Our contracts with the U.S. Government generally include the design, development, manufacture or modification of aerospace and defense products as well as related parts and services. These contracts, which also include those under the U.S. Government-sponsored foreign military sales program, accounted for approximately 30% of total revenues in 2020.  The customer typically contracts with us to provide a significant service of integrating a complex set of tasks and components into a single project or capability, which often results in the delivery of multiple units. Accordingly, the entire contract is accounted for as one performance obligation. In certain circumstances, a contract may include both production and support services, such as logistics and parts plans, which are considered to be distinct in the context of the contract and represent separate performance obligations. When a contract is separated into more than one performance obligation, we generally utilize the expected cost plus a margin approach to determine the standalone selling prices when allocating the transaction price.
Our contracts are frequently modified for changes in contract specifications and requirements. Most of our contract modifications with the U.S. Government are for goods and services that are not distinct from the existing contract due to the significant integration service provided in the context of the contract and are accounted for as part of that existing contract. The effect of these contract modifications on our estimates is recognized using the cumulative catch-up method of accounting.
Contracts with the U.S. Government generally contain clauses that provide lien rights to work-in-process along with clauses that allow the customer to unilaterally terminate the contract for convenience, pay us for costs incurred plus a reasonable profit and take control of any work-in-process. Due to the continuous transfer of control to the U.S. Government, we recognize revenue over the time that we perform under the contract. Selecting the method to measure progress towards completion requires judgment and is based on the nature of the products or service to be provided. We generally use the cost-to-cost method to measure progress for our contracts because it best depicts the transfer of control to the customer that occurs as we incur costs on our contracts.  Under this measure, the extent of progress towards completion is measured based on the ratio of costs incurred to date to the estimated costs at completion of the performance obligation, and revenue is recorded proportionally as costs are incurred.  
The transaction price for our contracts represents our best estimate of the consideration we will receive and includes assumptions regarding variable consideration as applicable. Certain of our long-term contracts contain incentive fees or other provisions that can either increase or decrease the transaction price. These variable amounts generally are awarded upon achievement of certain performance metrics, program milestones or cost targets and can be based upon customer discretion. We include estimated amounts in the transaction price to the extent it is probable that a significant reversal of cumulative revenue recognized will not occur when the uncertainty associated with the variable consideration is resolved. Our estimates of variable consideration and determination of whether to include estimated amounts in the transaction price are based largely on an assessment of our anticipated performance, historical performance, and all other information that is reasonably available to us.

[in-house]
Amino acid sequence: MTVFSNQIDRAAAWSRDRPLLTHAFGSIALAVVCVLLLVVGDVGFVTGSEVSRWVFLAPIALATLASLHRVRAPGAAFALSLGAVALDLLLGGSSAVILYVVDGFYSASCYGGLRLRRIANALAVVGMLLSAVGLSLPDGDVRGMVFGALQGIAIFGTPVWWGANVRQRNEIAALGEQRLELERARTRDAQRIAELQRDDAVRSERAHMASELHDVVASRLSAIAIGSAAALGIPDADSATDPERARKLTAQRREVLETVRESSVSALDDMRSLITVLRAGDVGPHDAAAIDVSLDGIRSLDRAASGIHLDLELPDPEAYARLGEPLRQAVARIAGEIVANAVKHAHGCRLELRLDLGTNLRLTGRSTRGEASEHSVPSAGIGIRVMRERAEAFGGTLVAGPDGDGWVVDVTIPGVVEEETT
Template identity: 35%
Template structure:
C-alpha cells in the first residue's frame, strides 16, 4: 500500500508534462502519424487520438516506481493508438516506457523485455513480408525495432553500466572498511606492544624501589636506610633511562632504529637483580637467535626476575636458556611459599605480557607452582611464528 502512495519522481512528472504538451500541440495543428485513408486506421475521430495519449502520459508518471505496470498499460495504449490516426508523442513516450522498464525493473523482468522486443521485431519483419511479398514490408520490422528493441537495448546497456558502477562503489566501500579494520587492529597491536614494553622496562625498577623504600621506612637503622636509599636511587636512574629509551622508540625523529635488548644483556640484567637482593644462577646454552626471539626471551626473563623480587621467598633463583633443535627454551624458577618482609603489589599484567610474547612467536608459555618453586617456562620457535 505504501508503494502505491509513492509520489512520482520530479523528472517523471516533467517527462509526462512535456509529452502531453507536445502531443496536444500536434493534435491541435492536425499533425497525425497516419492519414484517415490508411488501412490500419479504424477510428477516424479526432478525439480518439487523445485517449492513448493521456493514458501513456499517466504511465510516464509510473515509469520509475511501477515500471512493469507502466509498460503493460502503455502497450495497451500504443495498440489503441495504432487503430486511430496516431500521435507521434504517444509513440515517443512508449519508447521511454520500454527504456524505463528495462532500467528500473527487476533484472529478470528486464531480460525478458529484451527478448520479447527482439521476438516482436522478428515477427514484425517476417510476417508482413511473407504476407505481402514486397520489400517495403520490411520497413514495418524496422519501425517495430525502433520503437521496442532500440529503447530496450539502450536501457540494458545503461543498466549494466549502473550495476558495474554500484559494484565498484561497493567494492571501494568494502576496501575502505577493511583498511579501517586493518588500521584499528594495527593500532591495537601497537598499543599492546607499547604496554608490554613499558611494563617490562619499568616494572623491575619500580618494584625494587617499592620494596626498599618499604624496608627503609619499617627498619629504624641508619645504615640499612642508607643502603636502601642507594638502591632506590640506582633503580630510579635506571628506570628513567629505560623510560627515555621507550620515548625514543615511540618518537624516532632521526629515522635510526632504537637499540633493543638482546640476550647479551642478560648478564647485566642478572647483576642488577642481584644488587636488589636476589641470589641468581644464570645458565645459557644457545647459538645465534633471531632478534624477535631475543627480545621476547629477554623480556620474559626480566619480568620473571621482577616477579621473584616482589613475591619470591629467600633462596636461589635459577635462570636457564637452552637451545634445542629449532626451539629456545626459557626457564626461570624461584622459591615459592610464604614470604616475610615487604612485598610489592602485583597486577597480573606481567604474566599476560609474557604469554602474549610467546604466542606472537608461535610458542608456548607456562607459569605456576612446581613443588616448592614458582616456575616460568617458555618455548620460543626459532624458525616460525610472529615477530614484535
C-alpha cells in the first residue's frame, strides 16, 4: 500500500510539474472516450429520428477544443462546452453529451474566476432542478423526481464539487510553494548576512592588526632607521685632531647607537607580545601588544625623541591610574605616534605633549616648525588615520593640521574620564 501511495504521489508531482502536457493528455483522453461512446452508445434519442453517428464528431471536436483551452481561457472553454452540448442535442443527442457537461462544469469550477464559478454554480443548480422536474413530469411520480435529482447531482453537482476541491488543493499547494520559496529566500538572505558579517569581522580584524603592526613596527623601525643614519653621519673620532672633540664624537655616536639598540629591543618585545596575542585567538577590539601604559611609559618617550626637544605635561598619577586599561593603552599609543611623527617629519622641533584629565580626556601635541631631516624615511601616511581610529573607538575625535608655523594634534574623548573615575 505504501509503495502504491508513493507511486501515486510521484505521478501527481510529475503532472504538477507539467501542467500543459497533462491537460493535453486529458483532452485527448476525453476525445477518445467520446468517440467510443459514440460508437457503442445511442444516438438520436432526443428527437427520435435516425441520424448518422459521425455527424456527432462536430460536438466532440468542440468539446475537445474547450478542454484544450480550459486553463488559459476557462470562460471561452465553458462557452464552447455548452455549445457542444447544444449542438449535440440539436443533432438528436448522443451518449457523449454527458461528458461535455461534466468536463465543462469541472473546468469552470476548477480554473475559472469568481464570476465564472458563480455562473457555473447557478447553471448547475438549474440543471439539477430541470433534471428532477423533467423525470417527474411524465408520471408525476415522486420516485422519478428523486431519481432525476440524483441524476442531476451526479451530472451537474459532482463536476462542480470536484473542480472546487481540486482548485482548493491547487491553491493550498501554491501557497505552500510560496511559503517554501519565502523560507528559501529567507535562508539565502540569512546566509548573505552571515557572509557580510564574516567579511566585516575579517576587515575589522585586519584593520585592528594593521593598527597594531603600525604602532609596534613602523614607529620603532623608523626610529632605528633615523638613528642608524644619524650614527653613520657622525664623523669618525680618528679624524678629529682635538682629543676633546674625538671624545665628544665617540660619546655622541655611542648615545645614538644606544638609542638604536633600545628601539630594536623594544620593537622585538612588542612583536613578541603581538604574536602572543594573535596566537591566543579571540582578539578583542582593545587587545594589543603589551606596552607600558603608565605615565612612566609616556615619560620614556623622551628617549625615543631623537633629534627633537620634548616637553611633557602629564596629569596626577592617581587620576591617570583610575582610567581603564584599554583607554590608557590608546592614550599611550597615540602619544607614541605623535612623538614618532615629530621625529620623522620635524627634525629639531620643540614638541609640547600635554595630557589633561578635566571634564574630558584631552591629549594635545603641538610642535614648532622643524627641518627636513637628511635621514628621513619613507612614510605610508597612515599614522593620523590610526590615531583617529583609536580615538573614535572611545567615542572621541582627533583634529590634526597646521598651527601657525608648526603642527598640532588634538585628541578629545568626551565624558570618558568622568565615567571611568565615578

Total contract cost is estimated utilizing current contract specifications and expected engineering requirements. Contract costs typically are incurred over a period of several years, and the estimation of these costs requires substantial judgment. Our cost estimation process is based on the professional knowledge and experience of engineers and program managers along with finance professionals. We review and update our projections of costs quarterly or more frequently when circumstances significantly change.  
Approximately 75% of our 2020 revenues with the U.S. Government were under fixed-price and fixed-price incentive contracts. Under the typical payment terms of these contracts, the customer pays us either performance-based or progress payments. Performance-based payments represent interim payments of up to 90% of the contract price based on quantifiable measures of performance or on the achievement of specified events or milestones. Progress payments are interim payments of up to 80% of costs incurred as the work progresses. Because the customer retains a small portion of the contract price until completion of the contract, these contracts generally result in revenue recognized in excess of billings, which we present as contract assets in the Consolidated Balance Sheets. Amounts billed and due from our customers are classified in Accounts receivable, net. The portion of the payments retained by the customer until final contract settlement is not considered a significant financing component because the intent is to protect the customer. For cost-type contracts, we are generally paid for our actual costs incurred within a short period of time.